What Is an Open and Obvious Hazard in a Slip and Fall?

slippery area signage

Say, for instance, that you slip and fall as a welcome visitor on a property owner’s premises. Well, to recover financial compensation for your injuries and damages, you may place a slip and fall accident claim against the negligent property owner. However, in your claim proceedings, the defendant may claim that the hazard you encountered on their property was an open and obvious one. Further, they may argue that they should not be responsible for your encounter with it and your subsequent accident. Follow along to find out what constitutes an open and obvious hazard and how one of the proficient Howard County slip and fall accident attorneys at Lloyd J. Eisenberg & Associates can help take on your claim.

What are examples of an open and obvious hazard in a slip and fall accident case?

In its simplest terms, an open and obvious hazard is considered a hazard on a property that a reasonable individual would identify as dangerous and therefore protect themselves against. Examples may include, but may not be limited to, the following:

  • A property owner may have an open ditch on their premises, but it was relatively blocked off by caution tape.
  • A property owner may have a dog tied to a tree on their premises, but it was relatively restrained by the leash.
  • A property owner may have lawn equipment and tools on their premises, but they are relatively observable by their large size.
  • A property owner may have sports equipment on their walkways, but they are relatively visible by dim lighting.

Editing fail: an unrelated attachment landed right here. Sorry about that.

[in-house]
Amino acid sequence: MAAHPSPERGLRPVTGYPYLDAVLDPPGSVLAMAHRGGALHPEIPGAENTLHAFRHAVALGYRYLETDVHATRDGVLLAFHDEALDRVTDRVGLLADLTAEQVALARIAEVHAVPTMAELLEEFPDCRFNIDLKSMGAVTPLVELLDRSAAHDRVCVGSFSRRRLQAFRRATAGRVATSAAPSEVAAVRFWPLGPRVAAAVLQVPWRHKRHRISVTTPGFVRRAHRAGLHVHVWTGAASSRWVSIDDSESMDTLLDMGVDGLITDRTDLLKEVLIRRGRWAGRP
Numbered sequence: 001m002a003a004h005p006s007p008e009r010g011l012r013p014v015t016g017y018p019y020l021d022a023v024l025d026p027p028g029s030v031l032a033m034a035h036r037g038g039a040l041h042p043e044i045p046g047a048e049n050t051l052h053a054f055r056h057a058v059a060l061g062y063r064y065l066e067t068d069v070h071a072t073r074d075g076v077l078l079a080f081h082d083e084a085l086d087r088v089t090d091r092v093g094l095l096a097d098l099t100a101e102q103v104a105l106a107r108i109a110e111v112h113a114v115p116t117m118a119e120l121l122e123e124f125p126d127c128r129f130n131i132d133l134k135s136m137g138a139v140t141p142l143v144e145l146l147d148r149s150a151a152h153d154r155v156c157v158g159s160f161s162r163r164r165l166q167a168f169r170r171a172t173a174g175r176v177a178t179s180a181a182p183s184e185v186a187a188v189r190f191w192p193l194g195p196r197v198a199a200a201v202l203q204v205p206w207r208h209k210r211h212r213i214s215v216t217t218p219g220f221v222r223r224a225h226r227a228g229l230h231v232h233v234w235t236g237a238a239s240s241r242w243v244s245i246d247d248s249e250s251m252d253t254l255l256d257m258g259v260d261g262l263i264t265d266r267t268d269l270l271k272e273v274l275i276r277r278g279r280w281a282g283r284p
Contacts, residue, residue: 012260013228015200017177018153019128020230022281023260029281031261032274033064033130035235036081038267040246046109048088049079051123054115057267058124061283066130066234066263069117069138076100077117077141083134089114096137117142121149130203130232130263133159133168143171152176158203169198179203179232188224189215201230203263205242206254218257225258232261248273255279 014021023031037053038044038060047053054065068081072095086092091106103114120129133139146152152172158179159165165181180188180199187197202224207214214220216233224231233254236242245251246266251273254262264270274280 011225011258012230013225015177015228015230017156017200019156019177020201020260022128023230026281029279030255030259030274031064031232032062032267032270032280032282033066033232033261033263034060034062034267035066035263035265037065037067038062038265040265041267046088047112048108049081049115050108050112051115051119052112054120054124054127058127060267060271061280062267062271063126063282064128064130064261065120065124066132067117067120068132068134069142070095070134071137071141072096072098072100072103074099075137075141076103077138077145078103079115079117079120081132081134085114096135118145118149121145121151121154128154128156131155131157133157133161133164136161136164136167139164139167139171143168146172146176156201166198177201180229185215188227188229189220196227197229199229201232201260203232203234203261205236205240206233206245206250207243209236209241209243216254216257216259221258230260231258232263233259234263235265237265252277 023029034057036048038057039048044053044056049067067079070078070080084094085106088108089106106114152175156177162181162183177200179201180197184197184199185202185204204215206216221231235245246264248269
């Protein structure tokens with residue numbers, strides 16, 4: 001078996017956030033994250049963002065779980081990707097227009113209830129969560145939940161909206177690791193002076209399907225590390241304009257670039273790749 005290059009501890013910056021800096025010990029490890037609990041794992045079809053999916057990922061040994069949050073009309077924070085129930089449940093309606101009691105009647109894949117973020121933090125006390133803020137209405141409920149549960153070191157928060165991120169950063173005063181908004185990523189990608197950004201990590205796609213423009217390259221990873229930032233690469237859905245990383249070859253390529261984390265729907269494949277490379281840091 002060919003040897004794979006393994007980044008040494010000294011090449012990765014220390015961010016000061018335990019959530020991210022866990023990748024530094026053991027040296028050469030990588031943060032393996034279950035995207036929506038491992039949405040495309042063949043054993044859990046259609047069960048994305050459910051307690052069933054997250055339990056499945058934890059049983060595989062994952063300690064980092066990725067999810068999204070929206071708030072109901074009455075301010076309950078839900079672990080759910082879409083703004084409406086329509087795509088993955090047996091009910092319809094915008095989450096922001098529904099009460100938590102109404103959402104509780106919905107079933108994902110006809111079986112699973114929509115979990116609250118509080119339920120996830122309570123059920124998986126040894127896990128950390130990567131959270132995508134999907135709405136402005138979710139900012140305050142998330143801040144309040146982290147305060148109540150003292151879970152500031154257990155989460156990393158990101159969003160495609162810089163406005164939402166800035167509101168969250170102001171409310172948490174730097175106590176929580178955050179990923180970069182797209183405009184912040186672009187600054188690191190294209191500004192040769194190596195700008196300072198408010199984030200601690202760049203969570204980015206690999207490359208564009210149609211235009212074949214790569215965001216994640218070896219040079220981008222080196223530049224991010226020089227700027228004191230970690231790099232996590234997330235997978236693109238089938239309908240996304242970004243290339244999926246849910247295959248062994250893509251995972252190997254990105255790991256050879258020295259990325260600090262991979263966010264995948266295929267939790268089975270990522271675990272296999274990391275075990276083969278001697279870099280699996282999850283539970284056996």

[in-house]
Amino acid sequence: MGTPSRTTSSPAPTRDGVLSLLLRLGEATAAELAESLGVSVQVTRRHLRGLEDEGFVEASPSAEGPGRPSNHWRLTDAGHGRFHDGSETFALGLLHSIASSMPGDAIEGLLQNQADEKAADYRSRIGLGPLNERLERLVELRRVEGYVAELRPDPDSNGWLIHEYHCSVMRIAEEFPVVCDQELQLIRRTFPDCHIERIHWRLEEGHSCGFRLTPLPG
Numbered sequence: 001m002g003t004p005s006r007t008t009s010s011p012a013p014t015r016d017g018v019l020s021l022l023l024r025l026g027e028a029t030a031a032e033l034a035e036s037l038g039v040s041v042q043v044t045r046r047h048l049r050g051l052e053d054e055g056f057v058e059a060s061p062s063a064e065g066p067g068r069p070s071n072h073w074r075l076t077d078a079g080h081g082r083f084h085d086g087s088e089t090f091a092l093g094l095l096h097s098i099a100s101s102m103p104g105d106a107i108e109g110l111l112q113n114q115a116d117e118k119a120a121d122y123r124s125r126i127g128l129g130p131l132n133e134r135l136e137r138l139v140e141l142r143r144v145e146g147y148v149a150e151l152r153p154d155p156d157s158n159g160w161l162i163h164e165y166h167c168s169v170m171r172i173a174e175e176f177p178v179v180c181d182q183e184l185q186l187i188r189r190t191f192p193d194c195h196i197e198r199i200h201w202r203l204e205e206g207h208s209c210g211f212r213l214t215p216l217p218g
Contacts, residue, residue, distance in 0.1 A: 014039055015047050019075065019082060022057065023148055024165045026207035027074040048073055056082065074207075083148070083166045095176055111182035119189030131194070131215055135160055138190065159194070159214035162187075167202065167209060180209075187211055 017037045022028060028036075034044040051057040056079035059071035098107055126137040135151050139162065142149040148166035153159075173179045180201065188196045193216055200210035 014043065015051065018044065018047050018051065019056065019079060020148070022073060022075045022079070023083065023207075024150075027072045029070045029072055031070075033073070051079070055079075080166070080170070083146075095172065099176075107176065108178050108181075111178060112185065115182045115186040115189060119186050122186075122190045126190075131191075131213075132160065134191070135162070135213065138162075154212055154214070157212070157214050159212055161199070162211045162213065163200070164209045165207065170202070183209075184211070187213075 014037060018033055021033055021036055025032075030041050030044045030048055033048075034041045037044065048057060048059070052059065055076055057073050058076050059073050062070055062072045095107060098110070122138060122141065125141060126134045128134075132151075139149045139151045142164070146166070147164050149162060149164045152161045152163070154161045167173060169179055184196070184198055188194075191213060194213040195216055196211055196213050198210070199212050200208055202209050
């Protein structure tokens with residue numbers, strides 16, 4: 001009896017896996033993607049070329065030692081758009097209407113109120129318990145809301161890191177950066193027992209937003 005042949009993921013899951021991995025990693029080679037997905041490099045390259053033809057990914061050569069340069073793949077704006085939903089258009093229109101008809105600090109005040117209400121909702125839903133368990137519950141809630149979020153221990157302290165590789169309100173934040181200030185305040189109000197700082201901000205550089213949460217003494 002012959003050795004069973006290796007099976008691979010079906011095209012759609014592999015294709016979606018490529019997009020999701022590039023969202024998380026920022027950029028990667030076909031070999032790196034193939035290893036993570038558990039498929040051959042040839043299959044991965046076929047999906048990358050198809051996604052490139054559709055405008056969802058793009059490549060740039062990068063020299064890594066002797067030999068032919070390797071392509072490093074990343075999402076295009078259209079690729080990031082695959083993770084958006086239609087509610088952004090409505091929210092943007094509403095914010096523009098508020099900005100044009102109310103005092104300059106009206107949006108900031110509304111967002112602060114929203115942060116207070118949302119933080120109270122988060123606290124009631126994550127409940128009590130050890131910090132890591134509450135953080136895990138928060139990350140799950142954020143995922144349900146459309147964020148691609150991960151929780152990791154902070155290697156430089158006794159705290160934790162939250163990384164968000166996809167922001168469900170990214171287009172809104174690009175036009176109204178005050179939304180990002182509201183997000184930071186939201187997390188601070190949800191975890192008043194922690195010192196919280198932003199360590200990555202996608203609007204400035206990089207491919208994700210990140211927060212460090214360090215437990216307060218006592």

• A property owner may have a dip or bump on their walkways, but it may be relatively noticeable by contrasting paint colors.

What response can I take to this defense?

Rest assured, there are two main exceptions to the defendant’s claim of an open and obvious hazard; you may be able to point these exceptions out in your response. For one, there is what is known as negligence per se. This law holds that you do not need to prove how a reasonable individual would have acted in your situation. Rather, it holds that the defendant must be automatically deemed negligent.

Secondly, there is the distraction exception. This allows you to claim that you were too distracted to notice the open and obvious hazard in question. This is not to mention the supplemental evidence that you must also submit to solidify your case (i.e., photos of the hazard, security camera footage of your accident, witness testimonies, medical documents and bills, etc).

In the end, the first step you must take in your slip and fall accident claim is to retain the services of a talented Howard County personal injury attorney. So call us at Lloyd J. Eisenberg & Associates today.

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